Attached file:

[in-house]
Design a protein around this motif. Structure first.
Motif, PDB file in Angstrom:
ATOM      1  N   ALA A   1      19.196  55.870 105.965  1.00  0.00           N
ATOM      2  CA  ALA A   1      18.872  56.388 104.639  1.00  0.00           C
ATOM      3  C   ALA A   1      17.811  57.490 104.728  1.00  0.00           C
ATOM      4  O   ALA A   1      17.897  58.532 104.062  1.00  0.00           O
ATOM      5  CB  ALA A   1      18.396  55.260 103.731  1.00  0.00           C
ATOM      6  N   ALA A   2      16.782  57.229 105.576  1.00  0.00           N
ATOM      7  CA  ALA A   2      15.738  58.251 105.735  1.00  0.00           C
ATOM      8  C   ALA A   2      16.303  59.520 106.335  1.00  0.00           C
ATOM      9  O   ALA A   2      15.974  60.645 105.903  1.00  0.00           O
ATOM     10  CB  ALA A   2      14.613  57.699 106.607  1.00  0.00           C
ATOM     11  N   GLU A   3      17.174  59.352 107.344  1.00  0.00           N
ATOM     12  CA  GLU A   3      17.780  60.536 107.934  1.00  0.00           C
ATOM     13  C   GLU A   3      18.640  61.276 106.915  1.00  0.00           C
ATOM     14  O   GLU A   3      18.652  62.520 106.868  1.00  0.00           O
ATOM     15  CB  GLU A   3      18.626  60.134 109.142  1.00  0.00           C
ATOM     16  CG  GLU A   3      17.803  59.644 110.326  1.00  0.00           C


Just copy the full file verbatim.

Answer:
[in-house]
Design a protein around this motif. Structure first.
Motif, PDB file in Angstrom:
ATOM      1  N   ALA A   1      19.196  55.870 105.965  1.00  0.00           N
ATOM      2  CA  ALA A   1      18.872  56.388 104.639  1.00  0.00           C
ATOM      3  C   ALA A   1      17.811  57.490 104.728  1.00  0.00           C
ATOM      4  O   ALA A   1      17.897  58.532 104.062  1.00  0.00           O
ATOM      5  CB  ALA A   1      18.396  55.260 103.731  1.00  0.00           C
ATOM      6  N   ALA A   2      16.782  57.229 105.576  1.00  0.00           N
ATOM      7  CA  ALA A   2      15.738  58.251 105.735  1.00  0.00           C
ATOM      8  C   ALA A   2      16.303  59.520 106.335  1.00  0.00           C
ATOM      9  O   ALA A   2      15.974  60.645 105.903  1.00  0.00           O
ATOM     10  CB  ALA A   2      14.613  57.699 106.607  1.00  0.00           C
ATOM     11  N   GLU A   3      17.174  59.352 107.344  1.00  0.00           N
ATOM     12  CA  GLU A   3      17.780  60.536 107.934  1.00  0.00           C
ATOM     13  C   GLU A   3      18.640  61.276 106.915  1.00  0.00           C
ATOM     14  O   GLU A   3      18.652  62.520 106.868  1.00  0.00           O
ATOM     15  CB  GLU A   3      18.626  60.134 109.142  1.00  0.00           C
ATOM     16  CG  GLU A   3      17.803  59.644 110.326  1.00  0.00           C